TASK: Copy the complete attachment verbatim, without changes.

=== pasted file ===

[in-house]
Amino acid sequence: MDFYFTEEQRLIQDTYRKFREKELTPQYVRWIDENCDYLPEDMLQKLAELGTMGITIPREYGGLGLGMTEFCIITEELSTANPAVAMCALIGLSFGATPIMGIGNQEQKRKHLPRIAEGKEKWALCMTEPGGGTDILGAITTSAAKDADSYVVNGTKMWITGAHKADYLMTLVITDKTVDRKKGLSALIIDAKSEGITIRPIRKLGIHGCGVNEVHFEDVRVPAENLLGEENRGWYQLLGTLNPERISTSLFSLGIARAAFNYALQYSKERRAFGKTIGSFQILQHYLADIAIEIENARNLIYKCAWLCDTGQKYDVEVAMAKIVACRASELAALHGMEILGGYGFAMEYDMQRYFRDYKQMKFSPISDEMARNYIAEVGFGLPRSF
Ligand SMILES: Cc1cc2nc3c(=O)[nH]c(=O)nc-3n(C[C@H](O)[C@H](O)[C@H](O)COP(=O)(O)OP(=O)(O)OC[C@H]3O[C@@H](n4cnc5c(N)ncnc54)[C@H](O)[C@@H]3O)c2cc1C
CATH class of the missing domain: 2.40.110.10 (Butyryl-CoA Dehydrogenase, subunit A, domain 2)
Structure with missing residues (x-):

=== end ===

[in-house]
Amino acid sequence: MDFYFTEEQRLIQDTYRKFREKELTPQYVRWIDENCDYLPEDMLQKLAELGTMGITIPREYGGLGLGMTEFCIITEELSTANPAVAMCALIGLSFGATPIMGIGNQEQKRKHLPRIAEGKEKWALCMTEPGGGTDILGAITTSAAKDADSYVVNGTKMWITGAHKADYLMTLVITDKTVDRKKGLSALIIDAKSEGITIRPIRKLGIHGCGVNEVHFEDVRVPAENLLGEENRGWYQLLGTLNPERISTSLFSLGIARAAFNYALQYSKERRAFGKTIGSFQILQHYLADIAIEIENARNLIYKCAWLCDTGQKYDVEVAMAKIVACRASELAALHGMEILGGYGFAMEYDMQRYFRDYKQMKFSPISDEMARNYIAEVGFGLPRSF
Ligand SMILES: Cc1cc2nc3c(=O)[nH]c(=O)nc-3n(C[C@H](O)[C@H](O)[C@H](O)COP(=O)(O)OP(=O)(O)OC[C@H]3O[C@@H](n4cnc5c(N)ncnc54)[C@H](O)[C@@H]3O)c2cc1C
CATH class of the missing domain: 2.40.110.10 (Butyryl-CoA Dehydrogenase, subunit A, domain 2)
Structure with missing residues (x-):